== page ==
BCCL’s aggressive stance with respect to its competitors gained momentum after 1987 when Samir Jain took charge of the company from his late father Ashok Kumar Jain. The Jains have never disguised their intention to maximize profits out of their various media businesses and never claimed they had noble objectives to promote journalism as a “mission” or to treat information as a “public good”. For them, a newspaper has always been a “product”, no different from a cake of soap or a tube of toothpaste. BCCL Managing Director Vineet Jain was recently quoted in the October edition of the New Yorker magazine stating his company is in the “advertising” business and not in the business of journalism since advertising revenue accounts for 90 per cent of the company’s total earnings.

(The New Yorker article by Ken Auletta was titled “Citizens Jain” in an obvious reference to the 1941 silent era film “Citizen Kane”, scripted and directed by Orson Welles, who also acted as the protagonist in the celluloid portrayal of the rise and fall of an American newspaper tycoon. Welles’ film was a thinly disguised biography of William Randolph Hearst, the newspaper publisher whose use of screaming headlines and sensational reporting changed journalism in the US and whose publications completely ignored the critically-acclaimed “Citizen Kane” after it was released.)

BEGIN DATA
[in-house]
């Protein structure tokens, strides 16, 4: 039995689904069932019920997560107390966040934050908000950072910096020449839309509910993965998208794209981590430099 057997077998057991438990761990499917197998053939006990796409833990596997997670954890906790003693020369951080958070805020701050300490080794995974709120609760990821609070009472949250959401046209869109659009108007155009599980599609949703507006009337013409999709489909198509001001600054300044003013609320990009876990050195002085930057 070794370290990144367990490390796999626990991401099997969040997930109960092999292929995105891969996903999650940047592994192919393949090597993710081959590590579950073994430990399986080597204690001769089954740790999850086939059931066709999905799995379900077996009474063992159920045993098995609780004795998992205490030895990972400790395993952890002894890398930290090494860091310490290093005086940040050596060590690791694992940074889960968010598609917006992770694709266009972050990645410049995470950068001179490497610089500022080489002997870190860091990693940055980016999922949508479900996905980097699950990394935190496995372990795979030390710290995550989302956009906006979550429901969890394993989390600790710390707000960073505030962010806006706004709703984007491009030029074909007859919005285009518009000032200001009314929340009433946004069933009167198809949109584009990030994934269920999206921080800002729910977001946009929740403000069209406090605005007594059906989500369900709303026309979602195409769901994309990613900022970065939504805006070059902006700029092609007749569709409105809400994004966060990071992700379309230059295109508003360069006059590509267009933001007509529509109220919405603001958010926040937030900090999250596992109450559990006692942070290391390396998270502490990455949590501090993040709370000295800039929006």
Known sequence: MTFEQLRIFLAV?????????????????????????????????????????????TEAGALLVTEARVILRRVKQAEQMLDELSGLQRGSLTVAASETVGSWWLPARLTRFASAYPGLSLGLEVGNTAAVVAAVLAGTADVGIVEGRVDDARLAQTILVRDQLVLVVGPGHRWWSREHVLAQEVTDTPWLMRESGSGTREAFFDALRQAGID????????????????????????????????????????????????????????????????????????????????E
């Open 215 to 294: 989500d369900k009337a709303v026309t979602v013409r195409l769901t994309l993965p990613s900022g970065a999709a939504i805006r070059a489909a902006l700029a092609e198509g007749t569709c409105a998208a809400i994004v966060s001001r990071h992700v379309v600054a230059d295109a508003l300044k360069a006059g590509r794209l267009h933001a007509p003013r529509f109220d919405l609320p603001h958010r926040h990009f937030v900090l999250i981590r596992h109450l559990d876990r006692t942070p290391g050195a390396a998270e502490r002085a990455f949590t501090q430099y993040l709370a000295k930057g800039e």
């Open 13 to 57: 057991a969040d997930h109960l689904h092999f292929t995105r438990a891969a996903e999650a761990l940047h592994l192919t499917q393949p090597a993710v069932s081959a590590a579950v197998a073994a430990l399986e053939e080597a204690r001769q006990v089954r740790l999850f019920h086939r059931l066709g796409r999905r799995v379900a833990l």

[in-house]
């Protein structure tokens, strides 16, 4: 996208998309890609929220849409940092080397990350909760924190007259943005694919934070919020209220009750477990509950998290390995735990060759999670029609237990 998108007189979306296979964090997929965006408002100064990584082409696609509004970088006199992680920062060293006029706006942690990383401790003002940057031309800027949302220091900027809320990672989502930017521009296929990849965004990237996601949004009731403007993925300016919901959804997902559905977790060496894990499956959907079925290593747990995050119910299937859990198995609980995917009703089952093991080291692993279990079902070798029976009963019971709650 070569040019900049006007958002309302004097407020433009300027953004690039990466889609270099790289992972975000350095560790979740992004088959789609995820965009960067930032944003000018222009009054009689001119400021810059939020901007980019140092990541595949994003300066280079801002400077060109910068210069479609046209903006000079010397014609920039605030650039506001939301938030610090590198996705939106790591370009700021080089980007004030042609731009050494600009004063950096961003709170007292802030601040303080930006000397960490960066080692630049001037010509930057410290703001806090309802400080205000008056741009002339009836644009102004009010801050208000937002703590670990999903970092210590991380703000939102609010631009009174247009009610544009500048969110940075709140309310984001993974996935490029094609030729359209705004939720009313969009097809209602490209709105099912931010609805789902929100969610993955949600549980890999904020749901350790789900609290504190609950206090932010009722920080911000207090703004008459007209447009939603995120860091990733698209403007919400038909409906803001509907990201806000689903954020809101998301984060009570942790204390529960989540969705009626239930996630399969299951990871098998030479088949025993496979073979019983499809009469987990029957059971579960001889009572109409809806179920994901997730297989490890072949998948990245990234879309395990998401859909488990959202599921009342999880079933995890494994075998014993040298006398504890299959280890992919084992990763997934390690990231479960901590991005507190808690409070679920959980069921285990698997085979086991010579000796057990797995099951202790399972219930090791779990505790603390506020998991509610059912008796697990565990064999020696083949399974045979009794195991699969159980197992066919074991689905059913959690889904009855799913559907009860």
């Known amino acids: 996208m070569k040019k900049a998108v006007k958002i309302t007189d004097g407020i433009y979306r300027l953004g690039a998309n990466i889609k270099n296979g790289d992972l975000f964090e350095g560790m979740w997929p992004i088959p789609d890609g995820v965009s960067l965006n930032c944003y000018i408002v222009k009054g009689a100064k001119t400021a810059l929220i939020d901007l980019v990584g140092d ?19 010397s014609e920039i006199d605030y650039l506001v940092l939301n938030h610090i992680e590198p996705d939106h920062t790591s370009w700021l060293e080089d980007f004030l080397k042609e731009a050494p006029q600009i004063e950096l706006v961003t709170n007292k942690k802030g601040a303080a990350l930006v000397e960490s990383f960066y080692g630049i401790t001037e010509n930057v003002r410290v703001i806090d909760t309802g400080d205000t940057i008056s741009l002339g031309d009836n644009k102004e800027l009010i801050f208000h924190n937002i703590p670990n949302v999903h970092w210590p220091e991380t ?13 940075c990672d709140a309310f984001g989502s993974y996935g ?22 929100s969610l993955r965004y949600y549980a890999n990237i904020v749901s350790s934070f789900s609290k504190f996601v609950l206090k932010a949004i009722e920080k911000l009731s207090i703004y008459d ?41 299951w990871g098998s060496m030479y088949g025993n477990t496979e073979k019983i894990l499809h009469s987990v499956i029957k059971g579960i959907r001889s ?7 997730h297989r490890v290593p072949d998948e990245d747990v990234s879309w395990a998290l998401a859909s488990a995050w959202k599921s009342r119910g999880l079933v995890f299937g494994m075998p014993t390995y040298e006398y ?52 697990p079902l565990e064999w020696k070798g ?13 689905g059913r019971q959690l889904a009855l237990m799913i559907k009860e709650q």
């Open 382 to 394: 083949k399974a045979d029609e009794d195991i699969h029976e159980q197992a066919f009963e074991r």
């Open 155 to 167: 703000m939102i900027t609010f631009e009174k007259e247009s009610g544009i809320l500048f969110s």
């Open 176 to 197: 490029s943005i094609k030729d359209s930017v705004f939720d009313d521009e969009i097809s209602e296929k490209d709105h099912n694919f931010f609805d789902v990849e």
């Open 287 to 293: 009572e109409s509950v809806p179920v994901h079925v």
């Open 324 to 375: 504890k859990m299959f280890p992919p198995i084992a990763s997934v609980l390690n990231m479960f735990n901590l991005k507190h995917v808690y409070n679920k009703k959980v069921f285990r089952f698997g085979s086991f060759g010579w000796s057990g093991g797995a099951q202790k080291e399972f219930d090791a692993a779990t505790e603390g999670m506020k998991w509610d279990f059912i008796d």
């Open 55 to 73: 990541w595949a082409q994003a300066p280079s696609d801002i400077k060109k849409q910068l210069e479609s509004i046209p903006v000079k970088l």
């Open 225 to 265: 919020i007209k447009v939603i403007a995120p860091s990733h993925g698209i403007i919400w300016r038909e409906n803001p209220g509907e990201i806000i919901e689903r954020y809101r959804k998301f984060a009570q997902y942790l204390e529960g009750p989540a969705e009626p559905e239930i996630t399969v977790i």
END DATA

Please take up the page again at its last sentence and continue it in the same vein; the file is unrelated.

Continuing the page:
The views of the Jains on newspaper publishing as a business were often at variance with those of journalists, including those they employed. Veteran journalist and author Inder Malhotra recalls the time he formally resigned as Resident Editor of the Times of India in Delhi in 1986 and was asked by Samir Jain to stay on for a few months till his replacement was in place. He told The Hoot: “I told Samir that although he was fond of describing the newspaper as a product that was no different from a cake of soap, I had never seen a cake of soap that had to worry about its credibility and its integrity. His reply to me was curt: ‘Only profit matters, nothing else’.”

In private conversations, Samir Jain has said that BCCL is not really a media company but a private equity company with substantial holdings in the media. This was, of course, before the company’s “private treaties” scheme failed to achieve the anticipated financial expectations.